To My Dear and Loving Husband

- 1612-1672

If ever two were one, then surely we.
If ever man were loved by wife, then thee;
If ever wife was happy in a man,
Compare with me ye women if you can.
I prize thy love more than whole mines of gold,
Or all the riches that the East doth hold.
My love is such that rivers cannot quench,
Nor ought but love from thee give recompense.
Thy love is such I can no way repay;
The heavens reward thee manifold, I pray.
Then while we live, in love let's so persever,
That when we live no more we may live ever.

More by Anne Bradstreet

To Her Father with Some Verses

Most truly honoured, and as truly dear, 
If worth in me or ought I do appear, 
Who can of right better demand the same 
Than may your worthy self from whom it came? 
The principal might yield a greater sum, 
Yet handled ill, amounts but to this crumb; 
My stock's so small I know not how to pay, 
My bond remains in force unto this day; 
Yet for part payment take this simple mite, 
Where nothing's to be had, kings loose their right. 
Such is my debt I may not say forgive, 
But as I can, I'll pay it while I live; 
Such is my bond, none can discharge but I, 
Yet paying is not paid until I die. 

Before the Birth of One of Her Children


All things within this fading world hath end,
Adversity doth still our joys attend;
No ties so strong, no friends so dear and sweet,
But with death's parting blow are sure to meet.
The sentence past is most irrevocable,
A common thing, yet oh, inevitable.
How soon, my Dear, death may my steps attend,
How soon't may be thy lot to lose thy friend,
We both are ignorant, yet love bids me
These farewell lines to recommend to thee,
That when the knot's untied that made us one,
I may seem thine, who in effect am none.
And if I see not half my days that's due,
What nature would, God grant to yours and you;
The many faults that well you know I have
Let be interred in my oblivious grave;
If any worth or virtue were in me,
Let that live freshly in thy memory
And when thou feel'st no grief, as I no harmes,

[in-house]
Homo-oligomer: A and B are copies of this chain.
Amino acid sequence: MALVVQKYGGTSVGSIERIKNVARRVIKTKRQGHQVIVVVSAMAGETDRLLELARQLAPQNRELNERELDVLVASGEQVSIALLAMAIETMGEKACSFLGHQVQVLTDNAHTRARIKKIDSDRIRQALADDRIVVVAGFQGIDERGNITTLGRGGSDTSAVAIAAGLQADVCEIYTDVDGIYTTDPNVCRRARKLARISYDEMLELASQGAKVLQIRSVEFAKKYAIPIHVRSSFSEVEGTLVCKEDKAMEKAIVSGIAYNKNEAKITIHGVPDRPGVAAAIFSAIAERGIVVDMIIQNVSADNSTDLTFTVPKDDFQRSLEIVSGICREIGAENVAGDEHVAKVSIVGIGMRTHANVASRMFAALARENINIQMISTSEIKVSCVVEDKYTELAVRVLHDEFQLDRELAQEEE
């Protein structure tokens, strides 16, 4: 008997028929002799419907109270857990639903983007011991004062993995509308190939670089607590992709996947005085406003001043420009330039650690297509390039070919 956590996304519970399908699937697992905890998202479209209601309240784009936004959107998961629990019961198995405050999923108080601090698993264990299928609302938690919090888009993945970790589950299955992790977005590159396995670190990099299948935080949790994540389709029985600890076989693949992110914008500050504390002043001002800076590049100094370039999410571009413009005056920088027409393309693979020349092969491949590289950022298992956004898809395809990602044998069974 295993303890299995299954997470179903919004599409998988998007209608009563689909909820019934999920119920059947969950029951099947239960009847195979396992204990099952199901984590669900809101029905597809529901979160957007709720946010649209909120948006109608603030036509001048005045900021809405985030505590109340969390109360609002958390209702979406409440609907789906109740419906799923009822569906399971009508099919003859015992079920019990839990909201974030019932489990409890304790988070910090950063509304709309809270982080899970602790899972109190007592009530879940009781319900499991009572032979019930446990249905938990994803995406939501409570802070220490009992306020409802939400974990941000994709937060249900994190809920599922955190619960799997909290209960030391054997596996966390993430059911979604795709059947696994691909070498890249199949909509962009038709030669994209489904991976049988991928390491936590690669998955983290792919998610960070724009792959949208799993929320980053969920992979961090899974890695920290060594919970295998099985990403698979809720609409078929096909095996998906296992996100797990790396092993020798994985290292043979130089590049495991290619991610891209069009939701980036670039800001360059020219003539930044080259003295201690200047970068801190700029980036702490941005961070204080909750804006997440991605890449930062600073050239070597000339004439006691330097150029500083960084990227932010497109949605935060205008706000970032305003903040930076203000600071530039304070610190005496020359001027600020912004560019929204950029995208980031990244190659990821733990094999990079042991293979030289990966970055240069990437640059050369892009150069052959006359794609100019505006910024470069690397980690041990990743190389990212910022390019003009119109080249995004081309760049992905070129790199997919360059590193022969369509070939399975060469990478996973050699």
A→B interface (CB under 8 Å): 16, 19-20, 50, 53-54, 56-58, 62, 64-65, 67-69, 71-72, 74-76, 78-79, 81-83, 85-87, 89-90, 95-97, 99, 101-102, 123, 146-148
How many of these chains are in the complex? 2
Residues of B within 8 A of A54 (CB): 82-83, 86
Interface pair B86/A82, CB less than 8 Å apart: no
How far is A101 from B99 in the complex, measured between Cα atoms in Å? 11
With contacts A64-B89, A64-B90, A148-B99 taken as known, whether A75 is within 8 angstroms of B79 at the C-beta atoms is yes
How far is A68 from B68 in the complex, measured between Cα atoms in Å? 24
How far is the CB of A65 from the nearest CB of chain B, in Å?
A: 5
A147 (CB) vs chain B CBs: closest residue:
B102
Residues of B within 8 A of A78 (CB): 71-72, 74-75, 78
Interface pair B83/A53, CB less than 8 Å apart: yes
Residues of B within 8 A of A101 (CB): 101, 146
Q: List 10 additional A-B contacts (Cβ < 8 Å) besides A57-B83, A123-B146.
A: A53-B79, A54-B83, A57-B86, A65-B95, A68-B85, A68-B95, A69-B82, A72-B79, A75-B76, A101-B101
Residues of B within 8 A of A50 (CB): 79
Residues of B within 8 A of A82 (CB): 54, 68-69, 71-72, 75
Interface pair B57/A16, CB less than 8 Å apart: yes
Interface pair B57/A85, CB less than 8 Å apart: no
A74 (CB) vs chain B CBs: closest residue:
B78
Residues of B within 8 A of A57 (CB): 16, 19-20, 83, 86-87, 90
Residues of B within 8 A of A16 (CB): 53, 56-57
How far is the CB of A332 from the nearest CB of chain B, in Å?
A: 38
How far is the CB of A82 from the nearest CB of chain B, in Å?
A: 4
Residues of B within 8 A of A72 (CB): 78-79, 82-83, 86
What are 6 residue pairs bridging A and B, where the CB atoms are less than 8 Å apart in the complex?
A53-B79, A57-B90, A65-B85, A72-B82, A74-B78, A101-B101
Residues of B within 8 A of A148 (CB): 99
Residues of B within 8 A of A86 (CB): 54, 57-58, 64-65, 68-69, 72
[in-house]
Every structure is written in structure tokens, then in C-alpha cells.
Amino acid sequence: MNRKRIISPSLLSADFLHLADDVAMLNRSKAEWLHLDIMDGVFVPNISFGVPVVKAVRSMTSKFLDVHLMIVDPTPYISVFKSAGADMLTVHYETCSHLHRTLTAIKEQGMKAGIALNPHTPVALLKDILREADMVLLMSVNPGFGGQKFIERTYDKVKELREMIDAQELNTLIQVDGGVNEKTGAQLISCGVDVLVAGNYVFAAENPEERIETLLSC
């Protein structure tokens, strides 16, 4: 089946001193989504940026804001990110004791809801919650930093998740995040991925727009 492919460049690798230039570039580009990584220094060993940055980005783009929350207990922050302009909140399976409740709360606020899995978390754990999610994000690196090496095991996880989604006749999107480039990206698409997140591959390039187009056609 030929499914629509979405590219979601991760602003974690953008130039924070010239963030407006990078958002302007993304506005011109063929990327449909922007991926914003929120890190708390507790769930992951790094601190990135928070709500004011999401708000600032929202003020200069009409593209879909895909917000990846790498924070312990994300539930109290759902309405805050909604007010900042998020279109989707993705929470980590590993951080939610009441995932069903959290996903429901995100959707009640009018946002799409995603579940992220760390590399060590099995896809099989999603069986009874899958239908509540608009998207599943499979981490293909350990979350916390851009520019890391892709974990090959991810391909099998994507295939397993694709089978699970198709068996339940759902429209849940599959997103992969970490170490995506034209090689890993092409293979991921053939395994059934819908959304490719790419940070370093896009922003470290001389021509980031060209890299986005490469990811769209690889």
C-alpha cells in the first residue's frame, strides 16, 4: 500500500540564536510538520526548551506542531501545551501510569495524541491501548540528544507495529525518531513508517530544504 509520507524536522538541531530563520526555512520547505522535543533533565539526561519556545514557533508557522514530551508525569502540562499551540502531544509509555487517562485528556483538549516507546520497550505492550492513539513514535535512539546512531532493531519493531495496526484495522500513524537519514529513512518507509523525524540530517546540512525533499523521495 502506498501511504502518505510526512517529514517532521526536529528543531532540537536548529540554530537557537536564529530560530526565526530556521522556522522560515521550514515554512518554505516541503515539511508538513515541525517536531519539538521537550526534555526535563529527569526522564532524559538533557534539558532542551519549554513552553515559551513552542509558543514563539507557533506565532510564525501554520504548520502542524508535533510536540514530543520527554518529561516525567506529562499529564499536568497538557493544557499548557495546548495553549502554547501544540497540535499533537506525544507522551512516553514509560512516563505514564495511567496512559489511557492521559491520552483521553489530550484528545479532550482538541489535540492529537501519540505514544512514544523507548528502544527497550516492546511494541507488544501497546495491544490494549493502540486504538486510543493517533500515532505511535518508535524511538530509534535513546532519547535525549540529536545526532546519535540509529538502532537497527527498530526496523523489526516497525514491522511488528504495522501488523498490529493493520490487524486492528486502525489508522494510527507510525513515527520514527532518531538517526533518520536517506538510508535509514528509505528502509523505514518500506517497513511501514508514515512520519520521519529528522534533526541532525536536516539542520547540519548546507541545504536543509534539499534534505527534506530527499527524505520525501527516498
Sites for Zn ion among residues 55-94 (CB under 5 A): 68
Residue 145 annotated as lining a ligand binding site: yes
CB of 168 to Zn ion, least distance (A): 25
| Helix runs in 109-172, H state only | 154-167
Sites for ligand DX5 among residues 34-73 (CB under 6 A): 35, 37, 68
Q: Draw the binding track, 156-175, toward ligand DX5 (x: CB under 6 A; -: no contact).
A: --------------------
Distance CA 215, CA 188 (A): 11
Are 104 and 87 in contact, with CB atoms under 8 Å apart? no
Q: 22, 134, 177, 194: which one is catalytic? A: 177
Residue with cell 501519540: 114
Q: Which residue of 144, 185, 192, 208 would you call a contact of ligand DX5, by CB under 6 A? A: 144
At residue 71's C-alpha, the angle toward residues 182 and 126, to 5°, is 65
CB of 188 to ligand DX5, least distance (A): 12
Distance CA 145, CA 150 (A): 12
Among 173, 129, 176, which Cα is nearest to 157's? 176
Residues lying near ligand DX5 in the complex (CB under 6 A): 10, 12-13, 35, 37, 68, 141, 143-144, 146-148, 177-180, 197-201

Yet love thy dead, who long lay in thine arms,
And when thy loss shall be repaid with gains
Look to my little babes, my dear remains.
And if thou love thyself, or loved'st me,
These O protect from stepdame's injury.
And if chance to thine eyes shall bring this verse,
With some sad sighs honor my absent hearse;
And kiss this paper for thy dear love's sake, 
Who with salt tears this last farewell did take.

The Author to Her Book

Thou ill-formed offspring of my feeble brain,
Who after birth didst by my side remain,
Till snatched from thence by friends, less wise than true,
Who thee abroad, exposed to public view,
Made thee in rags, halting to th' press to trudge,
Where errors were not lessened (all may judge).
At thy return my blushing was not small,
My rambling brat (in print) should mother call,
I cast thee by as one unfit for light,
The visage was so irksome in my sight;
Yet being mine own, at length affection would
Thy blemishes amend, if so I could.
I washed thy face, but more defects I saw,
And rubbing off a spot still made a flaw.
I stretched thy joints to make thee even feet,
Yet still thou run'st more hobbling than is meet;
In better dress to trim thee was my mind,
But nought save homespun cloth i' th' house I find.
In this array 'mongst vulgars may'st thou roam.
In critic's hands beware thou dost not come,
And take thy way where yet thou art not known;
If for thy father asked, say thou hadst none;
And for thy mother, she alas is poor,
Which caused her thus to send thee out of door.

Related Poems

A Billet Doux

DEAR MISS: Notwithstanding the cloud of doubts which overshadows the mind of adoring fancy, when I trace that vermillion cheek, that sapphire eye of expressive softness, and that symmetrical form of grace, I am constrained to sink into a flood of admiration beneath those heavenly charms. Though, dear Miss, it may be useless to introduce a multiplicity of blandishments, which might either lead you into a field of confusion, or absorb the truth of affection in the gloom of doubts; but the bell of adulation may be told from the distance of its echo, and cannot be heard farther than seen. Dear Miss, whatever may be the final result of my adventurous progress, I now feel a propensity to embark on the ocean of chance, and expand the sail of resolution in quest of the distant shore of connubial happiness with one so truly lovely. Though, my dearest, the thunders of parental aversion may inflect the guardian index of affection from its favorite star, the deviated needle recovers its course, and still points onwards to its native poll. Though the waves of calumny may reverberate the persevering mind of the sailing lover, the morning star of hope directs him through the gloom of trial to the object of his choice.

My brightest hopes are mix'd with tears,
Like hues of light and gloom;
As when mid sun-shine rain appears,
Love rises with a thousand fears,

To pine and still to bloom.
When I have told my last fond tale
In lines of song to thee,
And for departure spread my sail,
Say, lovely princess, wilt thou fail
To drop a tear for me?

O, princess, should my votive strain
Salute thy ear no more,
Like one deserted on the main,
I still shall gaze, alas! but vain,
On wedlock's flow'ry shore.


About this poem:
George Moses Horton holds the distinction of being the first African American to publish a book, and the only to publish while living in slavery.